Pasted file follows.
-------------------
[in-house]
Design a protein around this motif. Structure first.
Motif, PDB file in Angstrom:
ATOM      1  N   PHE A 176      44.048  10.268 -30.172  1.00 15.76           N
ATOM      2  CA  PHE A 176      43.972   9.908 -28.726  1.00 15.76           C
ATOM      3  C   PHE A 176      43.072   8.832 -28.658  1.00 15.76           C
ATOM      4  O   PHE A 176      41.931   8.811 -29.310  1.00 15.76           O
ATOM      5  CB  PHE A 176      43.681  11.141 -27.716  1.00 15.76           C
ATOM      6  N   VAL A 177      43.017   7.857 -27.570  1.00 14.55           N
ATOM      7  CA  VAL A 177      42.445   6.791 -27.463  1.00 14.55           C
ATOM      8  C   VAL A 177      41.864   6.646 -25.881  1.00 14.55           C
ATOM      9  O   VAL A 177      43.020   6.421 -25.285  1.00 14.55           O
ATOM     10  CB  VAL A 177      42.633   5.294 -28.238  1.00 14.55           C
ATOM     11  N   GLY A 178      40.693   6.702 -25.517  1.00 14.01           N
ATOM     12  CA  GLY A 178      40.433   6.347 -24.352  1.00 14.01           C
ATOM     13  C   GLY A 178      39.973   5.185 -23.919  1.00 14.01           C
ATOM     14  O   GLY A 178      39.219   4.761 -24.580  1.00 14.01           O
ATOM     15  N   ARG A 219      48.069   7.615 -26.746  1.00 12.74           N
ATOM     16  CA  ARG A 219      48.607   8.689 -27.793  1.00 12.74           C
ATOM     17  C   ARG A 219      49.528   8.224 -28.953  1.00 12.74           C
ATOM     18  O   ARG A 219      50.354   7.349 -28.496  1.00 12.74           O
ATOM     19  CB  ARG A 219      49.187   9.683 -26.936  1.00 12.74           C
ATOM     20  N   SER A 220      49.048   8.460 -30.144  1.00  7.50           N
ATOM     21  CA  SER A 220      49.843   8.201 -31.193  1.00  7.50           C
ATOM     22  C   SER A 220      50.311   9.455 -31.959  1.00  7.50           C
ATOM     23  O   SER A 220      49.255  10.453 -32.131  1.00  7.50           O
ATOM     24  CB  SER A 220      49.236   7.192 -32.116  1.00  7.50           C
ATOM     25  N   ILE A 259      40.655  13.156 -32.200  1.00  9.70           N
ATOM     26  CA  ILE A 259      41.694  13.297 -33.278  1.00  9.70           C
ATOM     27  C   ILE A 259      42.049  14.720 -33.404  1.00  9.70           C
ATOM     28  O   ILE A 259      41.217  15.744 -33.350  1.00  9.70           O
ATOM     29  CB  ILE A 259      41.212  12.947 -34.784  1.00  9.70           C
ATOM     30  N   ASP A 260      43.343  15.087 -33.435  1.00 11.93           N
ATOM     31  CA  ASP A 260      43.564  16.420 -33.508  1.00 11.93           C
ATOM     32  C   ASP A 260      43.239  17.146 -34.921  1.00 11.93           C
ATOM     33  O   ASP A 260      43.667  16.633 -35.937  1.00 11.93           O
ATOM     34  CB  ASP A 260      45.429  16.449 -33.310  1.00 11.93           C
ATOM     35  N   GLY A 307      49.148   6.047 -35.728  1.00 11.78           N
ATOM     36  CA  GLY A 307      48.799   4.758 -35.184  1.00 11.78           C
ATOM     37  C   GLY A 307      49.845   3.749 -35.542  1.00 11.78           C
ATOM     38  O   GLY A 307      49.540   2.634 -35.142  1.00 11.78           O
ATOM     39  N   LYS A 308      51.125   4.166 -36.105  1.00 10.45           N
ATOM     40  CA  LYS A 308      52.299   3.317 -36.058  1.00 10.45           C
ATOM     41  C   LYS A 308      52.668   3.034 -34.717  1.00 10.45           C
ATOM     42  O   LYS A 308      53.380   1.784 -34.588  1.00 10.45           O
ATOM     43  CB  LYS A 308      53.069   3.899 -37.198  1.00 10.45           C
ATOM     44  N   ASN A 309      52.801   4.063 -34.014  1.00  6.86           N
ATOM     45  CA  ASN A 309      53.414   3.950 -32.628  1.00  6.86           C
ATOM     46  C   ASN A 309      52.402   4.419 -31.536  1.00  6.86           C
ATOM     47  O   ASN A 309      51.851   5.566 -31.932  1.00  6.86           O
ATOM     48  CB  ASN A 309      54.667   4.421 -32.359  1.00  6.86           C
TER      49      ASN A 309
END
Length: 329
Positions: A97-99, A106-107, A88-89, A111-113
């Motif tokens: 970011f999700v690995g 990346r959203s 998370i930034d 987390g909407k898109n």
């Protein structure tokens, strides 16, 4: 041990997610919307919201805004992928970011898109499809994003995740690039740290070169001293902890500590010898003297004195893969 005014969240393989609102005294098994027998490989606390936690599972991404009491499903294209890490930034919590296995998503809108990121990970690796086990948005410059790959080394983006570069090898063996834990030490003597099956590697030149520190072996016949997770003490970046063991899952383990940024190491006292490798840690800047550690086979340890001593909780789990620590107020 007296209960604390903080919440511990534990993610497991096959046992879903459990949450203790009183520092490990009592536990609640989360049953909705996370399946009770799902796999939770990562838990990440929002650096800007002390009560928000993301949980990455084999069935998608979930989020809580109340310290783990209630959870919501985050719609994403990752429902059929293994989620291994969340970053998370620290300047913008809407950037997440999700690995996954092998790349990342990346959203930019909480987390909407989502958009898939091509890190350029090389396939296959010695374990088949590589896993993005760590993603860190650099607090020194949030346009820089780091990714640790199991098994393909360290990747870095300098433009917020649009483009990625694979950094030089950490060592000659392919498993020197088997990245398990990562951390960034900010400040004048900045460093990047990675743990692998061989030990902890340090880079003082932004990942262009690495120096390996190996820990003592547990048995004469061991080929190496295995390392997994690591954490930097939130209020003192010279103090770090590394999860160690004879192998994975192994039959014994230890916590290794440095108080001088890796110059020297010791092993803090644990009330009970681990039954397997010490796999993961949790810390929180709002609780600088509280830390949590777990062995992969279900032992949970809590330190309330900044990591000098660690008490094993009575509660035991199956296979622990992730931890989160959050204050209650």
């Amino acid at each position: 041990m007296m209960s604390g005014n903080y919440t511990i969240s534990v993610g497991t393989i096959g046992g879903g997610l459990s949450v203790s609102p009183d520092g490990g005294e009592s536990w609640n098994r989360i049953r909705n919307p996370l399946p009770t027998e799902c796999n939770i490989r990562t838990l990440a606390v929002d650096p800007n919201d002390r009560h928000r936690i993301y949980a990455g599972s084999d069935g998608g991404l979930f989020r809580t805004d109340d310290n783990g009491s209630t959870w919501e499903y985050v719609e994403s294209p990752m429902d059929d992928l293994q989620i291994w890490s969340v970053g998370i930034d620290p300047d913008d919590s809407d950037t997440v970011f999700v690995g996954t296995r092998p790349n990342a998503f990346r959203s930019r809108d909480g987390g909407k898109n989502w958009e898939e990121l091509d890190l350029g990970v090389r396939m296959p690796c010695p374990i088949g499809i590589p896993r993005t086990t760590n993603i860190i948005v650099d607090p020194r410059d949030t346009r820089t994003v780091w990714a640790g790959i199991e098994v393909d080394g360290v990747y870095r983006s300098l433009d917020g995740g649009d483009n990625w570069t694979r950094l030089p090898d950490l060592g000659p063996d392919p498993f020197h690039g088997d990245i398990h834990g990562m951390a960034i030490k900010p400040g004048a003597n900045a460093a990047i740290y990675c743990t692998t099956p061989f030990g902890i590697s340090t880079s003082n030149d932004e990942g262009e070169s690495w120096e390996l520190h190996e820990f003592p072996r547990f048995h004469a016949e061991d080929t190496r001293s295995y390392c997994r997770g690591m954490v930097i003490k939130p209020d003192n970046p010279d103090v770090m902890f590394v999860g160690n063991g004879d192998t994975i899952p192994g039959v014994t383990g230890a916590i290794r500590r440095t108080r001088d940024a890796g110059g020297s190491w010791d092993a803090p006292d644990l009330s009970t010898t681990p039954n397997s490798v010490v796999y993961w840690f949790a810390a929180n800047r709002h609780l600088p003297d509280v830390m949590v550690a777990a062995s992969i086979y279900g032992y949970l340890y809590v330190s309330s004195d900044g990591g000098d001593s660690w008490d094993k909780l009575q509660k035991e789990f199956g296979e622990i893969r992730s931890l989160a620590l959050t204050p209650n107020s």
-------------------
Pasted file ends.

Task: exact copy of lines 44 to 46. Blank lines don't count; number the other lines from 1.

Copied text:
ATOM     41  C   LYS A 308      52.668   3.034 -34.717  1.00 10.45           C
ATOM     42  O   LYS A 308      53.380   1.784 -34.588  1.00 10.45           O
ATOM     43  CB  LYS A 308      53.069   3.899 -37.198  1.00 10.45           C